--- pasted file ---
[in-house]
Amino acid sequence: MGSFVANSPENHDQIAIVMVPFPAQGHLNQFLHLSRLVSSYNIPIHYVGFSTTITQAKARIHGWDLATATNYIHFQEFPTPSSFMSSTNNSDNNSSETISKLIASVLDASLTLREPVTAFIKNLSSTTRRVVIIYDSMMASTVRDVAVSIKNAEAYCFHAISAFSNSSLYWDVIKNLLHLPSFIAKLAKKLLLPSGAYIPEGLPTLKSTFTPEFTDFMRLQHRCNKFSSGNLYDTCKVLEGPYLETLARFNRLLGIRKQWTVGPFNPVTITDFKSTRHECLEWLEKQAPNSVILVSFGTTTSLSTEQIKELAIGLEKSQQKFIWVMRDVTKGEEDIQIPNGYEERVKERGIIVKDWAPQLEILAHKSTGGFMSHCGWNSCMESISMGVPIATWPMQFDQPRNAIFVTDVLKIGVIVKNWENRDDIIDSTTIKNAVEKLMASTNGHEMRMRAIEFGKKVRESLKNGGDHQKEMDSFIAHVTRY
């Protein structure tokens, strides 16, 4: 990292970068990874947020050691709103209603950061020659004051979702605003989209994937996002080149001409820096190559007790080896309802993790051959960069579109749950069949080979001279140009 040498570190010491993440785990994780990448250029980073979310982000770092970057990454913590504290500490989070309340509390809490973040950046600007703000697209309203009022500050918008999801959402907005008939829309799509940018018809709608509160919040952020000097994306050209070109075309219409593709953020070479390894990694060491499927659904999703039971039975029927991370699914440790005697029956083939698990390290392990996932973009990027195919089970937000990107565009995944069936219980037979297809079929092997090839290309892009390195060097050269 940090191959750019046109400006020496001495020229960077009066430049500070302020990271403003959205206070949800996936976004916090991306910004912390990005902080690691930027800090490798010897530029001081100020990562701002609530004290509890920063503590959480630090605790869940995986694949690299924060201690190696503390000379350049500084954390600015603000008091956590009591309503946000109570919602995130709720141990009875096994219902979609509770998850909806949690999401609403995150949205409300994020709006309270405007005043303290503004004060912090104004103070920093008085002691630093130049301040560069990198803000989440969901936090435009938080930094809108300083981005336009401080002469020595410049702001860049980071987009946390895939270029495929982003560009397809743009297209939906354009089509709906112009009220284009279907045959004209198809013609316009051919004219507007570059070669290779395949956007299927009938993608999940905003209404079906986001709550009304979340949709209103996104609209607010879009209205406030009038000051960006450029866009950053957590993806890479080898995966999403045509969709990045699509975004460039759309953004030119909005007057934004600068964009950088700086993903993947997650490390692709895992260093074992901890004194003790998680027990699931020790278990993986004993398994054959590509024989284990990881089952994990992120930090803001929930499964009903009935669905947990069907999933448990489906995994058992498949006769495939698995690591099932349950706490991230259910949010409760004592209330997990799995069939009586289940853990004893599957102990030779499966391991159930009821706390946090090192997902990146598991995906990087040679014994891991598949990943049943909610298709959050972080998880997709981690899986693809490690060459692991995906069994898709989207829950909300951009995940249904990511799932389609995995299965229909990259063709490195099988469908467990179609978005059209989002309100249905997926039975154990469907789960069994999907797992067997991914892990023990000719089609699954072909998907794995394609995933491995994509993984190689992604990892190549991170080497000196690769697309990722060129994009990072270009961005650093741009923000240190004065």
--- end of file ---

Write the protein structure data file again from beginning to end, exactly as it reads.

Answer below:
[in-house]
Amino acid sequence: MGSFVANSPENHDQIAIVMVPFPAQGHLNQFLHLSRLVSSYNIPIHYVGFSTTITQAKARIHGWDLATATNYIHFQEFPTPSSFMSSTNNSDNNSSETISKLIASVLDASLTLREPVTAFIKNLSSTTRRVVIIYDSMMASTVRDVAVSIKNAEAYCFHAISAFSNSSLYWDVIKNLLHLPSFIAKLAKKLLLPSGAYIPEGLPTLKSTFTPEFTDFMRLQHRCNKFSSGNLYDTCKVLEGPYLETLARFNRLLGIRKQWTVGPFNPVTITDFKSTRHECLEWLEKQAPNSVILVSFGTTTSLSTEQIKELAIGLEKSQQKFIWVMRDVTKGEEDIQIPNGYEERVKERGIIVKDWAPQLEILAHKSTGGFMSHCGWNSCMESISMGVPIATWPMQFDQPRNAIFVTDVLKIGVIVKNWENRDDIIDSTTIKNAVEKLMASTNGHEMRMRAIEFGKKVRESLKNGGDHQKEMDSFIAHVTRY
């Protein structure tokens, strides 16, 4: 990292970068990874947020050691709103209603950061020659004051979702605003989209994937996002080149001409820096190559007790080896309802993790051959960069579109749950069949080979001279140009 040498570190010491993440785990994780990448250029980073979310982000770092970057990454913590504290500490989070309340509390809490973040950046600007703000697209309203009022500050918008999801959402907005008939829309799509940018018809709608509160919040952020000097994306050209070109075309219409593709953020070479390894990694060491499927659904999703039971039975029927991370699914440790005697029956083939698990390290392990996932973009990027195919089970937000990107565009995944069936219980037979297809079929092997090839290309892009390195060097050269 940090191959750019046109400006020496001495020229960077009066430049500070302020990271403003959205206070949800996936976004916090991306910004912390990005902080690691930027800090490798010897530029001081100020990562701002609530004290509890920063503590959480630090605790869940995986694949690299924060201690190696503390000379350049500084954390600015603000008091956590009591309503946000109570919602995130709720141990009875096994219902979609509770998850909806949690999401609403995150949205409300994020709006309270405007005043303290503004004060912090104004103070920093008085002691630093130049301040560069990198803000989440969901936090435009938080930094809108300083981005336009401080002469020595410049702001860049980071987009946390895939270029495929982003560009397809743009297209939906354009089509709906112009009220284009279907045959004209198809013609316009051919004219507007570059070669290779395949956007299927009938993608999940905003209404079906986001709550009304979340949709209103996104609209607010879009209205406030009038000051960006450029866009950053957590993806890479080898995966999403045509969709990045699509975004460039759309953004030119909005007057934004600068964009950088700086993903993947997650490390692709895992260093074992901890004194003790998680027990699931020790278990993986004993398994054959590509024989284990990881089952994990992120930090803001929930499964009903009935669905947990069907999933448990489906995994058992498949006769495939698995690591099932349950706490991230259910949010409760004592209330997990799995069939009586289940853990004893599957102990030779499966391991159930009821706390946090090192997902990146598991995906990087040679014994891991598949990943049943909610298709959050972080998880997709981690899986693809490690060459692991995906069994898709989207829950909300951009995940249904990511799932389609995995299965229909990259063709490195099988469908467990179609978005059209989002309100249905997926039975154990469907789960069994999907797992067997991914892990023990000719089609699954072909998907794995394609995933491995994509993984190689992604990892190549991170080497000196690769697309990722060129994009990072270009961005650093741009923000240190004065």